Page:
I needed to send an encrypted file to a user with a Mac. They were unable to install additional software on their machine, and I have no Mac to verify things on.
By default Mac’s roll with openssl installed (thanks Google), so the solution seemed to be to use that.
You can debate the encryption algorithm choice and substitute as appropriate. But the basic syntax for encryption and decryption using AES-256 is shown below:
Encrypt file with password
openssl enc -aes-256-cbc -iter 30 -salt -in report.pdf -out report.enc
Note: running this command will result in a prompt to enter the password, and confirmation.
Decrypt with password
openssl enc -aes-256-cbc -iter 30 -d -salt -in report.enc -out report-decrypted.pdf
Note: again this command will prompt for the password to be entered before extracting.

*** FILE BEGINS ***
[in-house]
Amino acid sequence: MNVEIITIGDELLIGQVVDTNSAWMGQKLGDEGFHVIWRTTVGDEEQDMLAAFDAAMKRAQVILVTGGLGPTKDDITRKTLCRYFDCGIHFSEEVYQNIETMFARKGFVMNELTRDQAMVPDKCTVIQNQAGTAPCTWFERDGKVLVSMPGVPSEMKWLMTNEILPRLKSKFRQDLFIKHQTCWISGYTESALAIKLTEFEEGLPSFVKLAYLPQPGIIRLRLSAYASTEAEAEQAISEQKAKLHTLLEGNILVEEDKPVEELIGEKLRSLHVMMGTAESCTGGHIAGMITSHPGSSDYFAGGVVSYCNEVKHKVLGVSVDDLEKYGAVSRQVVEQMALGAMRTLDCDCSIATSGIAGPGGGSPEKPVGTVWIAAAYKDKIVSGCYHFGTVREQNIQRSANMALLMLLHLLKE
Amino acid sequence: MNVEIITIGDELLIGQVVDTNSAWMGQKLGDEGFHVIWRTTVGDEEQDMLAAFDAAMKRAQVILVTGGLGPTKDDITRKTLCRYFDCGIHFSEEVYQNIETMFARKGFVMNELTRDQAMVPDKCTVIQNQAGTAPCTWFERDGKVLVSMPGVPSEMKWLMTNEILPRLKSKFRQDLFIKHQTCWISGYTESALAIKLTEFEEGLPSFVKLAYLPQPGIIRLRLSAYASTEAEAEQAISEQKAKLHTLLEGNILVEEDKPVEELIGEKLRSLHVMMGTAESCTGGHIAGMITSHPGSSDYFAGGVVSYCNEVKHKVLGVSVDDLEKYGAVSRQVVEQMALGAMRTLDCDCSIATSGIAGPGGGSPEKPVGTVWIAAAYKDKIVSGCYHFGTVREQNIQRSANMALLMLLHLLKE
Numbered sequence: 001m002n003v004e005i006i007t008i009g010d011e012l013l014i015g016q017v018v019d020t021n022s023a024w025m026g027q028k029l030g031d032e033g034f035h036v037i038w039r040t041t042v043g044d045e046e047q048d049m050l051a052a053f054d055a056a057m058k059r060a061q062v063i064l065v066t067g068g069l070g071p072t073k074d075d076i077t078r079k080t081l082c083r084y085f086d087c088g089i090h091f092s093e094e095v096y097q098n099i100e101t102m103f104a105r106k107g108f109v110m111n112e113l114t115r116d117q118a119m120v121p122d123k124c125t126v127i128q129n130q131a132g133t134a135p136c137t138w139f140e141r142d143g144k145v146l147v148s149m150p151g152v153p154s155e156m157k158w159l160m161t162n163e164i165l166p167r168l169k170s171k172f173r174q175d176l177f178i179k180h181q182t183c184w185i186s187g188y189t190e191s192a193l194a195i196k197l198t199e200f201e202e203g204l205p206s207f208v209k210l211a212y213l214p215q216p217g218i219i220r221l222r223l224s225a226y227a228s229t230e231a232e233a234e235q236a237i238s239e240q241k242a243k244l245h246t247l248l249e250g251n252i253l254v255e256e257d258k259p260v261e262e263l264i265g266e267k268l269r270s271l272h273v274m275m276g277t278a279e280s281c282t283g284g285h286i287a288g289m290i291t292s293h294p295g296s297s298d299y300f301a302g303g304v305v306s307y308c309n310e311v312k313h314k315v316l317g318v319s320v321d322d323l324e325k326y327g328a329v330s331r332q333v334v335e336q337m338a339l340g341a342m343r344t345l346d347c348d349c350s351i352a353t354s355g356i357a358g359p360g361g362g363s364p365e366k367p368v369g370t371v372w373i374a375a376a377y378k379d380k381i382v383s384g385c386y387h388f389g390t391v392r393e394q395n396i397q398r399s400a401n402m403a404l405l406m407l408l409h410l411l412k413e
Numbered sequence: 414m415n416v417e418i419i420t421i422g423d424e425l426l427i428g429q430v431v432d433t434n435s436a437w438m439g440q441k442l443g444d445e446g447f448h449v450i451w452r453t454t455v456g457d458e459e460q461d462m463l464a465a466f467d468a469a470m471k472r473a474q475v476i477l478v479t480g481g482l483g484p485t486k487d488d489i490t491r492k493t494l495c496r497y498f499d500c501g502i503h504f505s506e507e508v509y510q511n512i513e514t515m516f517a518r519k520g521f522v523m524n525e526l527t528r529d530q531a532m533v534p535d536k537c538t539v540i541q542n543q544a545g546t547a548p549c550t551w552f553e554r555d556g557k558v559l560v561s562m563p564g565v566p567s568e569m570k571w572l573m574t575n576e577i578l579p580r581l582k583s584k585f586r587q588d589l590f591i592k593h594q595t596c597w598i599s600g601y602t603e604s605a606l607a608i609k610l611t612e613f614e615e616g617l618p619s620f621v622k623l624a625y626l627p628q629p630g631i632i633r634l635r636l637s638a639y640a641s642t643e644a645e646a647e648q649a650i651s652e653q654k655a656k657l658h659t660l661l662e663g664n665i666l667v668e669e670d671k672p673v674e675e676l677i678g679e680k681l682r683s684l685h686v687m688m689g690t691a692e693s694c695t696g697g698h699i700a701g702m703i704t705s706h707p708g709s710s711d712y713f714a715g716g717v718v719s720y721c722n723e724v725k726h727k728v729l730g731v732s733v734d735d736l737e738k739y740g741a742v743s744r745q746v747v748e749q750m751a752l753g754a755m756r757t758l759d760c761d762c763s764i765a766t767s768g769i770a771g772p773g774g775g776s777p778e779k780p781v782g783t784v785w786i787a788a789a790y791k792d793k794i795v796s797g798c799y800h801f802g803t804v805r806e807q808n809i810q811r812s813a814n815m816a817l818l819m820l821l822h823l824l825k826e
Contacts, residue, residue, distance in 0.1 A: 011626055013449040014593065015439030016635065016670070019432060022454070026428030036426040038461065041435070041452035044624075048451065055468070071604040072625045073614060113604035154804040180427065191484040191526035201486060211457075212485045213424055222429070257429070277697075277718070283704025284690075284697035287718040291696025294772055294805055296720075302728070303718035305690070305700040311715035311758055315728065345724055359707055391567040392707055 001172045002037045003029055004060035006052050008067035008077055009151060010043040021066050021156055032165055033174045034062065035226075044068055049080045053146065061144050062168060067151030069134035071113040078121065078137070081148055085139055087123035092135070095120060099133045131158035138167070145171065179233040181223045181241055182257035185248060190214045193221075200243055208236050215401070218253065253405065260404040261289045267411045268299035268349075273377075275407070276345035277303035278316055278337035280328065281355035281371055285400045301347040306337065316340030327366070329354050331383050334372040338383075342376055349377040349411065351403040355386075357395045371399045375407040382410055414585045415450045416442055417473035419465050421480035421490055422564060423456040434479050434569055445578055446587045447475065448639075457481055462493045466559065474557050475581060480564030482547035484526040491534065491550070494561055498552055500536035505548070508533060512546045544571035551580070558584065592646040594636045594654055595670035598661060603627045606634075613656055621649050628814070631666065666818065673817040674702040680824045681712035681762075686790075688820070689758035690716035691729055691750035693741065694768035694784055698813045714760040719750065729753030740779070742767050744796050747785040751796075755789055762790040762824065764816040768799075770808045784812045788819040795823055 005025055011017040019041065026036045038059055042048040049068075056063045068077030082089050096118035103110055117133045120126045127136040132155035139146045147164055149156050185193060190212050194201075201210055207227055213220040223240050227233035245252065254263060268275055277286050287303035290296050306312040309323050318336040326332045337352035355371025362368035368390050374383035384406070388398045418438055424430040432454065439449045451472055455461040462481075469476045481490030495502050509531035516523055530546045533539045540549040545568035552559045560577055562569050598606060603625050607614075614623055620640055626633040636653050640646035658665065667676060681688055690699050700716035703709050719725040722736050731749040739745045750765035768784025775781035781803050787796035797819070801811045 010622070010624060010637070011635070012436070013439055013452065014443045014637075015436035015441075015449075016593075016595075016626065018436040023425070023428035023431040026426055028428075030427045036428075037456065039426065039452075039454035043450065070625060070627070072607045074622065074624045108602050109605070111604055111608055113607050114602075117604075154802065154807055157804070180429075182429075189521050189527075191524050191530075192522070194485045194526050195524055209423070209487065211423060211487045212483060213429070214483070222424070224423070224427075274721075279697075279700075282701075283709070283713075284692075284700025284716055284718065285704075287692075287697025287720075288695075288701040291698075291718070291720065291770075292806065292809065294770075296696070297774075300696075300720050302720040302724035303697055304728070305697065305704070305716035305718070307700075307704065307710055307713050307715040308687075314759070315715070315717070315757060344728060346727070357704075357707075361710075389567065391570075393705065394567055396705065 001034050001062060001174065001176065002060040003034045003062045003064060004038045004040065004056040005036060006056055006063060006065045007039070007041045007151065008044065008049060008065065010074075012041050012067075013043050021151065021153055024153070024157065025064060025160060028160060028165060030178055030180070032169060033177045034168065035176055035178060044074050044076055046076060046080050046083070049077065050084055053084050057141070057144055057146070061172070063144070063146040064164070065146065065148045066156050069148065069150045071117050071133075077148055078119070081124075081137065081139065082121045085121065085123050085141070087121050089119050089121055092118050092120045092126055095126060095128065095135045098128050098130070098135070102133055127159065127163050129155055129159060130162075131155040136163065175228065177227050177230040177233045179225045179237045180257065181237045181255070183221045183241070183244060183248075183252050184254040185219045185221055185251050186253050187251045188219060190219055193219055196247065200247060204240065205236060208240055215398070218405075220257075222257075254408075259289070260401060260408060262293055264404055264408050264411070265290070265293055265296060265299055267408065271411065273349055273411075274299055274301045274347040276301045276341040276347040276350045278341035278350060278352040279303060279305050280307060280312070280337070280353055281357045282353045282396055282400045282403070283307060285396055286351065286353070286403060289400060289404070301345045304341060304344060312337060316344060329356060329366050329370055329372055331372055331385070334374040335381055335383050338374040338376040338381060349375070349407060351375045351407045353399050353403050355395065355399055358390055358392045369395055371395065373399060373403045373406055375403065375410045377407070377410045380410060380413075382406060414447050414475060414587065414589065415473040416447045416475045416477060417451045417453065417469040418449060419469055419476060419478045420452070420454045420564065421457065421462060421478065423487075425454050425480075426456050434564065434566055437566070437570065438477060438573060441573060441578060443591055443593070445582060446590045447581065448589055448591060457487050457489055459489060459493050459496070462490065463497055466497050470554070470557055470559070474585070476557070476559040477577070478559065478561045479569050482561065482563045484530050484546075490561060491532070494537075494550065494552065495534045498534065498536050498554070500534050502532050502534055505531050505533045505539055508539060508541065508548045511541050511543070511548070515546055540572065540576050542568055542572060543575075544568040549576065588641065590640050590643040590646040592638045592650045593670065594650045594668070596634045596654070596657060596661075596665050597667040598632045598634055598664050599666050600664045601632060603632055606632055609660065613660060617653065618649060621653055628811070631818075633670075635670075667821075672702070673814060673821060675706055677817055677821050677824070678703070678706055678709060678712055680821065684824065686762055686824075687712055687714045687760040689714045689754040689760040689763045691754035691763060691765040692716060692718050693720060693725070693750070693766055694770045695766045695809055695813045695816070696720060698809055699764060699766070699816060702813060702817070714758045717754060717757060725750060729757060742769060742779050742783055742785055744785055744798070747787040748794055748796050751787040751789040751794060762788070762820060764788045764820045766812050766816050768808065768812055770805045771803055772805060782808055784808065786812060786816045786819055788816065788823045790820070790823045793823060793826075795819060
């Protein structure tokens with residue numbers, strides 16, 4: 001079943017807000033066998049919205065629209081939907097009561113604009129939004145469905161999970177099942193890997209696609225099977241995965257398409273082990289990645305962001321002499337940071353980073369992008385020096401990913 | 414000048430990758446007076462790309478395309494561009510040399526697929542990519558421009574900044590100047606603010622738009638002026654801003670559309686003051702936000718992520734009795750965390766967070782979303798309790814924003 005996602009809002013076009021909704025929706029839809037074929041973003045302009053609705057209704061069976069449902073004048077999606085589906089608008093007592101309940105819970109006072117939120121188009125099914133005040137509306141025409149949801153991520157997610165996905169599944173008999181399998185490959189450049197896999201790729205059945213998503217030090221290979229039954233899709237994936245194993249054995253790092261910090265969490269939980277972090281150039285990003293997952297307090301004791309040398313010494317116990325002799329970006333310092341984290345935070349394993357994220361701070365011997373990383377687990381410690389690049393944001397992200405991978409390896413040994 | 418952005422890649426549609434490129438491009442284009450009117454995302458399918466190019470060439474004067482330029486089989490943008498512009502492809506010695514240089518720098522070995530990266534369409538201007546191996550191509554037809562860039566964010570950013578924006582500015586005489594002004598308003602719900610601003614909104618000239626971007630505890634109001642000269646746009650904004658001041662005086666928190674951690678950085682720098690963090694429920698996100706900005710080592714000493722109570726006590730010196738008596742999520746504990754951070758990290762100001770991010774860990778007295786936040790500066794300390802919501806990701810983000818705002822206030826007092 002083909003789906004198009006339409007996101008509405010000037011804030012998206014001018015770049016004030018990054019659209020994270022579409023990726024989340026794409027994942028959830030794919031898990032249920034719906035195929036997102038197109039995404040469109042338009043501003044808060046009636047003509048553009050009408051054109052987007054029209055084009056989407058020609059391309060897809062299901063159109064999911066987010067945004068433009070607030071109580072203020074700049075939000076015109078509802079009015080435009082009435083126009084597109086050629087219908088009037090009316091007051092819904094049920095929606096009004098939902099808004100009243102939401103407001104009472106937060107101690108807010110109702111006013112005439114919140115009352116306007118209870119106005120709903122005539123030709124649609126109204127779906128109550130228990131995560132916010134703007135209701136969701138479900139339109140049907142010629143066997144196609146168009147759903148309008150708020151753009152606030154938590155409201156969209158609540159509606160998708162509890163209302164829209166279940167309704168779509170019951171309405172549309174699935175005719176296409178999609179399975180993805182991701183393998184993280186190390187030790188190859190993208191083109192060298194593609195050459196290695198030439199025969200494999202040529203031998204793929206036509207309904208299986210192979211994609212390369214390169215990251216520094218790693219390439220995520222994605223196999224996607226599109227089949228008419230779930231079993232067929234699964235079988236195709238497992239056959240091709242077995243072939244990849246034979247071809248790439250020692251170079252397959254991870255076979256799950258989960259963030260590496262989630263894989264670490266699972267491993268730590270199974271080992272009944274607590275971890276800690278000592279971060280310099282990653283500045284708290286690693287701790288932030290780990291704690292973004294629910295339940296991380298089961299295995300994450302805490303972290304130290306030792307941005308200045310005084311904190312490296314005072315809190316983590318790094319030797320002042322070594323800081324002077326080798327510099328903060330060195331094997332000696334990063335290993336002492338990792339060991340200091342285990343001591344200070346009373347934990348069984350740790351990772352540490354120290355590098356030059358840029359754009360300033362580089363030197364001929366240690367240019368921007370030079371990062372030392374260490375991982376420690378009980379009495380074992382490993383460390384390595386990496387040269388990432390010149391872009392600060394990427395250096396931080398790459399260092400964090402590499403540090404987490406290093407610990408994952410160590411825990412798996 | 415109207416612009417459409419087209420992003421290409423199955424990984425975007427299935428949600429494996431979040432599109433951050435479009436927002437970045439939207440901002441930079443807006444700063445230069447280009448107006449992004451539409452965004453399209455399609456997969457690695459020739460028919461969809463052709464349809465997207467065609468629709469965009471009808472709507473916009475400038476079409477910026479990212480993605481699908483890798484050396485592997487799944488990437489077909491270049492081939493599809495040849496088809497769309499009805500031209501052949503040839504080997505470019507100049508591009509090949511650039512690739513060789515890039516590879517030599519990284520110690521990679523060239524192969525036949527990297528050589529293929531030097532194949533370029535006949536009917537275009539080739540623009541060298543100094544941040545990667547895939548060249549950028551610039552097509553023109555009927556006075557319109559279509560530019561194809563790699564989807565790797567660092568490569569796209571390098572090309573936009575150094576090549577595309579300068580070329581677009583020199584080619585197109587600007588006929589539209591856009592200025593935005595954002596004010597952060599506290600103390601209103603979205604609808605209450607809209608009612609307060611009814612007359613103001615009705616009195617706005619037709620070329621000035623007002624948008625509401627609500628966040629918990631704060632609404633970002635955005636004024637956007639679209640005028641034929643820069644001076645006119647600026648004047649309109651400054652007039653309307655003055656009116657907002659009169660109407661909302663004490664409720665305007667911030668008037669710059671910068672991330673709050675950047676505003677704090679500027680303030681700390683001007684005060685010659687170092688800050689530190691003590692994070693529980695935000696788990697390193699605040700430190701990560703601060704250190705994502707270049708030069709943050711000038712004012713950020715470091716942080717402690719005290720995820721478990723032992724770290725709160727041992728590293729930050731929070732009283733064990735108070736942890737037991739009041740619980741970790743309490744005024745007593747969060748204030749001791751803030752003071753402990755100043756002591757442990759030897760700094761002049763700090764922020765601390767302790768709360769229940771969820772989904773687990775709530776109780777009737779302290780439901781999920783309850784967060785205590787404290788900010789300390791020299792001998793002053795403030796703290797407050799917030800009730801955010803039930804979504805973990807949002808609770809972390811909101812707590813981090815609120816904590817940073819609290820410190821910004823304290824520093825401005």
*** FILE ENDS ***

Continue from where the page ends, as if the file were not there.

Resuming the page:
Warning; running with scissors
This is securing with a password. Go big or risk exposure here. Someone could always try brute force and you want to make sure that takes way way longer than the validity of the information you are protecting. I recommend 72,000 characters long as a minimum to be sure.
Now you have a key distribution problem though. How to get the password to the other person securely? You cannot email them the password since this is the same delivery mechanism for my scenario.
- Generally WhatsApp (or other end to end encrypted chat client to a mobile phone) is good.
- Phoning and saying a long password can be awkward but works (so long as they promise to eat the paper they write the password on immediately).
- SMS is less secure but still verifies that the user is in possession of that person’s phone.
Hope that helps.